New Illinois traffic laws designed to reduce car accidents

On behalf of Romanucci & Blandin, LLC posted in Brain Injury on Wednesday, January 9, 2013

With the end of the old year and beginning of the new one comes an annual tradition: implementation of new Illinois laws.

It’s a good idea for Chicago drivers to familiarize themselves with these new legal standards. In that way, traffic tickets can be avoided and car accidents and serious injuries  reduced.

One of the new laws involves activities following an accident. The law which took effect on January 1 prohibits people who are driving within 500 feet of an emergency scene at which there are emergency vehicles (police, ambulance, firefighters) from using a cellphone in their vehicles.

An important change in law has also been put in place for drivers of commercial vehicles. They can no longer send or receive text messages while driving — even when they are stopped at a red light or a railroad crossing. Truckers are also banned from using their handheld cellphones while driving.

Another new traffic safety law: no driver can use a cell while driving in a construction or road maintenance speed zone. We’ve all seen those construction zones (especially in summer) and know how dangerous they can be when drivers aren’t paying attention to the road or traffic.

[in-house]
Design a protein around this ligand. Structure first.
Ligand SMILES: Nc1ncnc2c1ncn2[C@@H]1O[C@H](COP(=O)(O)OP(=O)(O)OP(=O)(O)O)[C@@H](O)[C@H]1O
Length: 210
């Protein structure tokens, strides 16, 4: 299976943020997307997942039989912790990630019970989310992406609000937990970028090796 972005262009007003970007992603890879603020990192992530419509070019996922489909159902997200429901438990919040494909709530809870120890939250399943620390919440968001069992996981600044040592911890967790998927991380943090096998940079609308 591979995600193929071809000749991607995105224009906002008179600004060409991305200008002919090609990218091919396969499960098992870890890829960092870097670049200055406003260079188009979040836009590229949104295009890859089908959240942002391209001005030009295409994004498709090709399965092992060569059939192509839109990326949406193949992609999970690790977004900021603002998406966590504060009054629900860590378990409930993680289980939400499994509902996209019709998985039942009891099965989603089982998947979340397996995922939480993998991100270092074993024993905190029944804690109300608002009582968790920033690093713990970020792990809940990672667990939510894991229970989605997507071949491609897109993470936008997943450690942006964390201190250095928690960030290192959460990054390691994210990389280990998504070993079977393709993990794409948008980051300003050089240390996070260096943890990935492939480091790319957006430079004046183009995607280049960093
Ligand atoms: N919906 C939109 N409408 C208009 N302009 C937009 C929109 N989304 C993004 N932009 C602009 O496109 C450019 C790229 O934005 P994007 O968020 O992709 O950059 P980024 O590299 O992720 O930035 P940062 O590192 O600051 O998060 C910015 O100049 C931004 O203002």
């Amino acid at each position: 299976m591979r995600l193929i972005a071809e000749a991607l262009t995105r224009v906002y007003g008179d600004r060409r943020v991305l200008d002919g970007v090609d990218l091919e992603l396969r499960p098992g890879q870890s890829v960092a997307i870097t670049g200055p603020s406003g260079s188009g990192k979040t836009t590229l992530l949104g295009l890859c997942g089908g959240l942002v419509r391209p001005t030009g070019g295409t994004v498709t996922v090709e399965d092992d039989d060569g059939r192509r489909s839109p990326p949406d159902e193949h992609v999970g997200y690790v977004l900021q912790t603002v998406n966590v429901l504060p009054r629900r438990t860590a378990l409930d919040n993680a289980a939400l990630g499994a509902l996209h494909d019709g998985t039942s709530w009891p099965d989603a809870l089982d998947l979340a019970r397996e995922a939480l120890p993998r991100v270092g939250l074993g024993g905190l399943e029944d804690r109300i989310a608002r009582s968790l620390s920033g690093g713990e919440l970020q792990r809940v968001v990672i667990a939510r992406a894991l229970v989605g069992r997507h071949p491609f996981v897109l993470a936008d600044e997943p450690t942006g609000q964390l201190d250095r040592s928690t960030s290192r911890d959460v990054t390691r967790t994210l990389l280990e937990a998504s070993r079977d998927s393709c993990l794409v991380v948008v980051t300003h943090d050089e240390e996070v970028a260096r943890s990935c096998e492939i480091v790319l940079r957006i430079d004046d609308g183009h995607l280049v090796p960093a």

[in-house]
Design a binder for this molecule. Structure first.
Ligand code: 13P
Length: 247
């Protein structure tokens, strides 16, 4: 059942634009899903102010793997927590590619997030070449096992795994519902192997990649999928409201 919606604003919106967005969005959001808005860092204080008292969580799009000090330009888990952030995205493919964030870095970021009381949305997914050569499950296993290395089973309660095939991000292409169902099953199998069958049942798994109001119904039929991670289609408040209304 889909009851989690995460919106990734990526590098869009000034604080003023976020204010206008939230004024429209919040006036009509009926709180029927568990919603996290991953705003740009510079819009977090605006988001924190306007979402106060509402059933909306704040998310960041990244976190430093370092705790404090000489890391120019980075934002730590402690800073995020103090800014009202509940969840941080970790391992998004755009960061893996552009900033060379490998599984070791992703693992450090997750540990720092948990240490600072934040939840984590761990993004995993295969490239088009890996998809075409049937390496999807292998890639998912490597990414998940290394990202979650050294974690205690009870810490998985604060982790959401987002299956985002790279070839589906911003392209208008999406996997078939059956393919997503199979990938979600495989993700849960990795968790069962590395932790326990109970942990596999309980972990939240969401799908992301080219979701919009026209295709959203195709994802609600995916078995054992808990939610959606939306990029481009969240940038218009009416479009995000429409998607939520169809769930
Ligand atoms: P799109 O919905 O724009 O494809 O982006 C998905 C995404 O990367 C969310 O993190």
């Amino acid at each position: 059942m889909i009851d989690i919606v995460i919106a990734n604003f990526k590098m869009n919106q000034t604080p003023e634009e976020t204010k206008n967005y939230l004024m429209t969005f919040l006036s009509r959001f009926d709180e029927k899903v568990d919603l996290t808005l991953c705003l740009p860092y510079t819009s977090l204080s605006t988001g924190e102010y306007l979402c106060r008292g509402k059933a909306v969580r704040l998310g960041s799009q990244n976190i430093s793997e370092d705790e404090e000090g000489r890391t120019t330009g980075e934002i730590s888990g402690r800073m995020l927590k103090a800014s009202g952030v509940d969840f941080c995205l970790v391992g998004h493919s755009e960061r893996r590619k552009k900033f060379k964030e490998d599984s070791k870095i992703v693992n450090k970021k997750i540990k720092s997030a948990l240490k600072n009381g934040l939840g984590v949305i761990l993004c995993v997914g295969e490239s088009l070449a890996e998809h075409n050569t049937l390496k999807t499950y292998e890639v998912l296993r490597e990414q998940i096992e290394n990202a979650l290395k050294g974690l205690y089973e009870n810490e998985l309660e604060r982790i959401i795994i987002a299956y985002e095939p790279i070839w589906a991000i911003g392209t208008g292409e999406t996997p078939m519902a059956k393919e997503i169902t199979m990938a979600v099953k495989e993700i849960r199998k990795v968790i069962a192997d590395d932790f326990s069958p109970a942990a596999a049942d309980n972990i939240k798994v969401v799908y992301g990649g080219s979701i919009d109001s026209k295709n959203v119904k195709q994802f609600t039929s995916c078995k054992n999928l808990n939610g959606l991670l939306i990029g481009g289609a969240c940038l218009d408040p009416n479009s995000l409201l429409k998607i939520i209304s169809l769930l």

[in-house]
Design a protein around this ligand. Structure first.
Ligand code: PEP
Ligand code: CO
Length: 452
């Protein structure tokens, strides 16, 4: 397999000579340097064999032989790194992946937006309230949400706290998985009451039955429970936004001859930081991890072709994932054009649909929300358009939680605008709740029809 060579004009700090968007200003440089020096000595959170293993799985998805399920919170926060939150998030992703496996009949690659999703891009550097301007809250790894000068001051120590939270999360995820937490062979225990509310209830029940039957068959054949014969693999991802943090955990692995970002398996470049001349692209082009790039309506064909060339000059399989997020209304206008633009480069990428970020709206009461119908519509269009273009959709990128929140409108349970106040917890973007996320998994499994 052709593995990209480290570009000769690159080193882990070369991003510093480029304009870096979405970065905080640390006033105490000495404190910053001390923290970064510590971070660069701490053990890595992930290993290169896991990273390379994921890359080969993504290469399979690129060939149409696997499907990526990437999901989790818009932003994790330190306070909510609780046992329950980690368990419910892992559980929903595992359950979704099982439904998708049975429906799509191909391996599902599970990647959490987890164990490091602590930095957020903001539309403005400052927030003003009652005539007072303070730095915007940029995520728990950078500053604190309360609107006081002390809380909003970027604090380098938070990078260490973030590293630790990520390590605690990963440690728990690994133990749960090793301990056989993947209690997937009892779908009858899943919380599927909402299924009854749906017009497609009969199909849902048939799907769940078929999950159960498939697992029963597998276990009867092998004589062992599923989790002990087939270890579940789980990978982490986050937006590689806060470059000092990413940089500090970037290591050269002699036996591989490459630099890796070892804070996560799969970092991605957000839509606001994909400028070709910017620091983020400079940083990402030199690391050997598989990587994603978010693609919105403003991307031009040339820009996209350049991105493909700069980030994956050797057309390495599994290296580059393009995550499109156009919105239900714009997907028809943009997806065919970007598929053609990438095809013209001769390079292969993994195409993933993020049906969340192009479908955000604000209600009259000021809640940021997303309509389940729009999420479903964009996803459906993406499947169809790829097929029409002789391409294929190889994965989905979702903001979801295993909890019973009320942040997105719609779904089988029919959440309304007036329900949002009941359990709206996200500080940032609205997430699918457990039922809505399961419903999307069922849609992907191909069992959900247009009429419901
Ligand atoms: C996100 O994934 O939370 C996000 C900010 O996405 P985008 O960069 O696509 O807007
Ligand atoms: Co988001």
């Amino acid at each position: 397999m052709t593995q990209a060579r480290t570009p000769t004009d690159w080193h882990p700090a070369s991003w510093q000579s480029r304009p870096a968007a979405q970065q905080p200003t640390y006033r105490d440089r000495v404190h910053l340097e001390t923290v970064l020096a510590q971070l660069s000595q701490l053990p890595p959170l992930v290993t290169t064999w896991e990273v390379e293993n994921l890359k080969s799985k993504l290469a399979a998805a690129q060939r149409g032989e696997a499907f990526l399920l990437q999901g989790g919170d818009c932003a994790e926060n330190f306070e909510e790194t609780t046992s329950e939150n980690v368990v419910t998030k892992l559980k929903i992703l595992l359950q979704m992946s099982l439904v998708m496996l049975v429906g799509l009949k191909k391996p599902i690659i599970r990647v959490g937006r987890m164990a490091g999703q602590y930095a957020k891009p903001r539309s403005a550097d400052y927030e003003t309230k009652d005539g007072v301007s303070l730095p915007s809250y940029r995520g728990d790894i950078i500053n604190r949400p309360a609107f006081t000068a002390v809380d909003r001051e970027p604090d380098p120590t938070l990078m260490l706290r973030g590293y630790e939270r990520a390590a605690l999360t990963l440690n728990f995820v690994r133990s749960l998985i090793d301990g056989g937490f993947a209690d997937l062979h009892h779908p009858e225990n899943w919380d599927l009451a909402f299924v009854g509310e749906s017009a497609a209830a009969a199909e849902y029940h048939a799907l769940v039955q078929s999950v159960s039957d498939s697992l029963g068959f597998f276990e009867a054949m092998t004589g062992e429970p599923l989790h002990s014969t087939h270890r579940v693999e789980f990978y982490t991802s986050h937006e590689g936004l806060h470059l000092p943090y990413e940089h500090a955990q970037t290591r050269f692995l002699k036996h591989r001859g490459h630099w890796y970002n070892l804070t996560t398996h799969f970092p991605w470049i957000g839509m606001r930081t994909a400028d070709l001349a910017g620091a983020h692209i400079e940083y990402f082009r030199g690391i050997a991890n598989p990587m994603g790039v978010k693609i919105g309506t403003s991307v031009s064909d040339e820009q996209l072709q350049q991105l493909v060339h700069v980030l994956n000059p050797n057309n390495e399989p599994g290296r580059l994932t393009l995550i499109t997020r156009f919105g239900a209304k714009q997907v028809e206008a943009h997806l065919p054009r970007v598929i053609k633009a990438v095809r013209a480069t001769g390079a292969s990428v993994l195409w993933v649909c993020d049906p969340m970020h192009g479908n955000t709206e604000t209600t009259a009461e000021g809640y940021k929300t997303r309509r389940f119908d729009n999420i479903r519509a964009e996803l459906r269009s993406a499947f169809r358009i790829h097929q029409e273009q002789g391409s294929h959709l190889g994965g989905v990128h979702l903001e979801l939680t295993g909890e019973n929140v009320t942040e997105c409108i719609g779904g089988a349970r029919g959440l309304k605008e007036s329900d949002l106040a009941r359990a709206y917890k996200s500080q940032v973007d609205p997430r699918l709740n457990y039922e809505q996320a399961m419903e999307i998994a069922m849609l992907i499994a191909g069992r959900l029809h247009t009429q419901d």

There is also a new law in place for perhaps the most dangerous of drivers: those who have been drinking alcohol before getting behind the wheel. The new law states that if a law enforcement officer has probable cause to believe a driver involved in a car crash that caused an injury or a death was under the influence of alcohol or drugs, the police officer will request that the driver undergo a chemical test to determine any presence of prohibited substances in their system.

Hopefully, these new laws will help cut car accidents, brain injuries and spinal cord injuries and fatalities in 2013. Those involved in accidents caused by someone else’s negligence should speak with an attorney who can help them get the medical care and compensation they need and deserve.

Source:, “New Illinois traffic laws begin this year,” Jan. 8, 2013